Shooting the show, after the show
By Frank Jonen
2 Aug 2008
On November 29th 2007 I had the pleasure of shooting the performance and award reception of Noush Skaugen at the 17th Annual Los Angeles Music Awards. A pivotal moment in her career.
- How it was captured
I shot the entire performance on a Canon HV20 to tape. Now this was not only my first hands-on experience with the HV20 but also a first camcorder for me after more than 5 years. I don't like camcorders for production. They make things hard that should be fluid. Like manual focus and zoom. But renting a motion picture cam rig was both out of budget and not practical for this shot. A 35mm adapter was also out of question as I was positioned to shoot from the audience. True indie style, "stealing" the shot.
Given I only had one camera it had to be a single continuous shot without breaks for the whole performance. So all my close-ups and wide establishing shots had to be done with the HV20's zoom. Interesting deal.
- Post Production
On the post side of things I also had to account for the fact "somehow" that the still camera I had on me was useless. I had a tiny Pentax Optio 750z which constantly lost focus and the manual mode invokes the fun of spooning out your left eye.
But besides a good looking video we also needed printable PR shots from that show. To extract useable prints I first had to go through all the frames of the shot and select a few key moments for extraction. The extraction itself was quite interesting. To fight the shortcomings of a camcorder I took 3 frames to get one clean still image.
Keep in mind that video cameras do not use the RGB color model but a relict from the 1950s paired with interlacing (it's 2008!) so you lose a lot of resolution there already.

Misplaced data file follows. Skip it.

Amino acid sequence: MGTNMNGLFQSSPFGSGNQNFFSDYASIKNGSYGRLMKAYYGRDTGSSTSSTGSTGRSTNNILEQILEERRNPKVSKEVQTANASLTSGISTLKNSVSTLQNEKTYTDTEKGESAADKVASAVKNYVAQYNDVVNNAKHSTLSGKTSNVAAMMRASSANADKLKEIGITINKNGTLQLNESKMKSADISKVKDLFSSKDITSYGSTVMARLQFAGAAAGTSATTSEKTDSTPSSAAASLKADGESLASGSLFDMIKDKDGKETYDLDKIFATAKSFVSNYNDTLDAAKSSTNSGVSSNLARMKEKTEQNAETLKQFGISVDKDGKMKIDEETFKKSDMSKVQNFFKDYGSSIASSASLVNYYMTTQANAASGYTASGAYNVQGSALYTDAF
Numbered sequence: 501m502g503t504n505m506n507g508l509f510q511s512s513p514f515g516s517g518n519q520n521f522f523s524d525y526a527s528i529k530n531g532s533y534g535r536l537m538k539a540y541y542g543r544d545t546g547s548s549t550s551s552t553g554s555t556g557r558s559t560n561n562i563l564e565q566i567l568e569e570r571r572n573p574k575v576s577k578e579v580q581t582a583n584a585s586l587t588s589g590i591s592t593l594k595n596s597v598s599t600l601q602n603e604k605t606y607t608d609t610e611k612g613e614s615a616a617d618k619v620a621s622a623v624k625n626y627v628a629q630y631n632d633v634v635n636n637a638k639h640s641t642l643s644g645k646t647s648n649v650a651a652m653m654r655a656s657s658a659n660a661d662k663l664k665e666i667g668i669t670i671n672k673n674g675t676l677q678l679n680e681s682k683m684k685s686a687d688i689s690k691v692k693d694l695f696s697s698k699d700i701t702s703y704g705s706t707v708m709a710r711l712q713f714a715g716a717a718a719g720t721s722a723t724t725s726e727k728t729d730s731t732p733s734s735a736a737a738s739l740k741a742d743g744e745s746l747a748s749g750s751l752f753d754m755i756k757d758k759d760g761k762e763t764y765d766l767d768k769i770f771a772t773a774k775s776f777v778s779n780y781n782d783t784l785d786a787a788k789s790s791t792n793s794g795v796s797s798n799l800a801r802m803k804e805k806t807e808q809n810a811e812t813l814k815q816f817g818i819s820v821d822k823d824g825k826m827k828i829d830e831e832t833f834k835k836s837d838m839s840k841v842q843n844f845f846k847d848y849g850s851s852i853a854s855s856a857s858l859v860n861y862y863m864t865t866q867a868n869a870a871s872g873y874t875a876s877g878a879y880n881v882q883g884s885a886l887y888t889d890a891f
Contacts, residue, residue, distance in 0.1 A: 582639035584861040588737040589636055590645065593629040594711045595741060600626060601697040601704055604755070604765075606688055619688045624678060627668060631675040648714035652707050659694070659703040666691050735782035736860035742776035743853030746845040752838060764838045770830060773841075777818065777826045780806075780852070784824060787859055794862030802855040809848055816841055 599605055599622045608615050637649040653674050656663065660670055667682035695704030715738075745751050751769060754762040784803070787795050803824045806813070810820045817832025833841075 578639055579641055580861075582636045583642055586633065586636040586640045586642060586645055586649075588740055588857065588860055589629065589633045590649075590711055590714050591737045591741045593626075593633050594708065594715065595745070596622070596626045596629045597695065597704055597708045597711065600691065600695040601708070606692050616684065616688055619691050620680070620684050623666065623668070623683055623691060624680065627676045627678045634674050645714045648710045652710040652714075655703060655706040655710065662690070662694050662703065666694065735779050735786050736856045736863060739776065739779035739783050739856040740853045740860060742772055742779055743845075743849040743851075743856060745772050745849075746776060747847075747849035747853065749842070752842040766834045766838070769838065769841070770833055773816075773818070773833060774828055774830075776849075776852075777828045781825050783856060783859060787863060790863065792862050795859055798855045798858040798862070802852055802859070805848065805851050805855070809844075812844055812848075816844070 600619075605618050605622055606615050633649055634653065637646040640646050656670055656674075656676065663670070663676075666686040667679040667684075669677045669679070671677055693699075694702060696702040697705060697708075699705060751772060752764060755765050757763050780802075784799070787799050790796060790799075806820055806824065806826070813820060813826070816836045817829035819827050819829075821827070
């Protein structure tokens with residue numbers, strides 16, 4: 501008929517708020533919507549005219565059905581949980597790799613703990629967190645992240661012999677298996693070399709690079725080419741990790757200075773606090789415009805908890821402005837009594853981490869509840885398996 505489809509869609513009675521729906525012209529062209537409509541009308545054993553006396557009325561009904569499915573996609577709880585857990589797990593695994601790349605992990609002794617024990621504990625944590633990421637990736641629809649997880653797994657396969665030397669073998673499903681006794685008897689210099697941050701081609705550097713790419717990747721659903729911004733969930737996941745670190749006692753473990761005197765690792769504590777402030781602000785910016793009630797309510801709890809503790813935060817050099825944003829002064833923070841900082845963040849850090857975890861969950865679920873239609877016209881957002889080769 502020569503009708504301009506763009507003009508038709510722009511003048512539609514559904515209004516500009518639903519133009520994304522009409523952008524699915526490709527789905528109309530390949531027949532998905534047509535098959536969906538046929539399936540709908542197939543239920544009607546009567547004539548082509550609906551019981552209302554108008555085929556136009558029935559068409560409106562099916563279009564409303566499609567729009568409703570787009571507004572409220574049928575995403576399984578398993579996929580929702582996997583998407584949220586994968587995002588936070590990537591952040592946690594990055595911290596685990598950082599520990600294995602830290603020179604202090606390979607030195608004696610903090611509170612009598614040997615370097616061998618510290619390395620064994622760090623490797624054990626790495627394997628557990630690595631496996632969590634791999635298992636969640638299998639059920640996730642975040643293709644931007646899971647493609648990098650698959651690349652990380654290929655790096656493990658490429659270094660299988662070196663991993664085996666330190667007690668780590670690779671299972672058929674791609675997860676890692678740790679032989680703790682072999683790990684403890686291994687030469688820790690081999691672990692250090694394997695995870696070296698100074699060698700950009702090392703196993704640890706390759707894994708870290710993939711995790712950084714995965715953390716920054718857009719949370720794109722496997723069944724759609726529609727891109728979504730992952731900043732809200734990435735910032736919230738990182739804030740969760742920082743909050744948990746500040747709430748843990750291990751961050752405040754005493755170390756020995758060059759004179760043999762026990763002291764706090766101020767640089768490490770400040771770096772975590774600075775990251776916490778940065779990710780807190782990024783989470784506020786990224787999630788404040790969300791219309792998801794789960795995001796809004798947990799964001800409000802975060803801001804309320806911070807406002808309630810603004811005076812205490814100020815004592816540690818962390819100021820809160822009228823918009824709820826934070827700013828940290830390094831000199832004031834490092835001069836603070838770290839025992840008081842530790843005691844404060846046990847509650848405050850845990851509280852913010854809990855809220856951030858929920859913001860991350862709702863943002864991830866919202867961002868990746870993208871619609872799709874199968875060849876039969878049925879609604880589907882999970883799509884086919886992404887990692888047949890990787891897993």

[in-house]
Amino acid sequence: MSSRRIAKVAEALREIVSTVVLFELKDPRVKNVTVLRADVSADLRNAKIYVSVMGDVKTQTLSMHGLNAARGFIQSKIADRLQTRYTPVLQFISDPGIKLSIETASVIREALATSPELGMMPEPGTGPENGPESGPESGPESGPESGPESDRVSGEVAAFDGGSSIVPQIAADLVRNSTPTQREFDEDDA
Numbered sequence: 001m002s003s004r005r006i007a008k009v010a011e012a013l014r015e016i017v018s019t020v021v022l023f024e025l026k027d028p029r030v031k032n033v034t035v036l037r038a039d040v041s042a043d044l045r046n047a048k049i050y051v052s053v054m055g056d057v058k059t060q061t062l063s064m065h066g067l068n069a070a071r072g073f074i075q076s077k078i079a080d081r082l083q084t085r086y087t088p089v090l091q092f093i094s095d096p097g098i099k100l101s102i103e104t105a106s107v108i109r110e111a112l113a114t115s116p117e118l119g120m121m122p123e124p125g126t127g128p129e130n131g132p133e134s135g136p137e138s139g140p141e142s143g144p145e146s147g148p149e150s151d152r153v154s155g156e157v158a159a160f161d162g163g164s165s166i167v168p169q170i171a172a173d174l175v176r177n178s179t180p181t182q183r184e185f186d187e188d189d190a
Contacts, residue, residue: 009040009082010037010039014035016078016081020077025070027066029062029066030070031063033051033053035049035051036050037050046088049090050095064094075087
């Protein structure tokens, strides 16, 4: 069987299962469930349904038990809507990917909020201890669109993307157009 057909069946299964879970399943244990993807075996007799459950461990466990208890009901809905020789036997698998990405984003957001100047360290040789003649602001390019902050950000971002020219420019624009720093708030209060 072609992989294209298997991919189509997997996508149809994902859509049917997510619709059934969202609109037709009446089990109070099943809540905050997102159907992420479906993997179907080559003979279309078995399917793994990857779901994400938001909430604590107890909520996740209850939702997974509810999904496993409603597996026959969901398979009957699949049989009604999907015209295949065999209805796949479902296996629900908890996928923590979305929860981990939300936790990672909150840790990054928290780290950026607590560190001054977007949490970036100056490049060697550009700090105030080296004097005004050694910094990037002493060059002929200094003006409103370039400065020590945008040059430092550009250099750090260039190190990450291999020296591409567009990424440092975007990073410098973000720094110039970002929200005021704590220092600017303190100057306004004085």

A camera, especially the HV20 only records the lightness (grayscale) channel in full resolution and the vertical and horizontal color channels at a quarter of that. Full doesn't imply 1920 x 1080 here. It means 1440 x 1080 stretched to 1920 x 1080 in post. No consumer cam does a true 1920 x 1080 to date.
Which results in huge missing parts in the blue channel, artifacts in the red channel and a bit of both in the green channel when viewed as RGB. Hence I needed to create it as 3 for 1 to get a clean image that looked as if shot with a still cam.
With a bit of motion estimation principles magic I was fairly quickly able to average out the missing pieces from the images and repair the channels.
- Editing stage
I edited the video portion of the shot in Final Cut Pro to the point where I got breakdowns of shots figured out from the zooming and panning actions. All divided into bins with close-up shots, wide shots, intermediates and sorted by color of stage lighting. This way I could automate a bit of the task. But careful it has to match on the timeline again! It's just a very organized way of doing an online/offline edit.
After that it was fairly painless. Color grading the extracted stills in Speed Grade side by side with the video sequences was also pretty straight forward. The whole process took less than 2 weeks total.
- Photo Preparation for Print
Now it gets interesting. After the frames were fixed for a somewhat clean RGB where needed and color graded to enhance the mood it had to go to print. To get a 1920 x 1080 image to around 3000px wide without completely ruining it with pixellation and jagged edges it takes some thinking.
In a nutshell I took a stepping approach that enlarged it within the range of 35% to 2% gradually as the image grew larger. That way it didn't look weird like it would have by using Alien Skin's BlowUp tool or fractal based enlargement tools. I tried a few of those before resorting to something that didn't look freakish in the end. And we all wanted a more organic look, so that worked out just fine.
At the end of the day everyone was pleased with the result.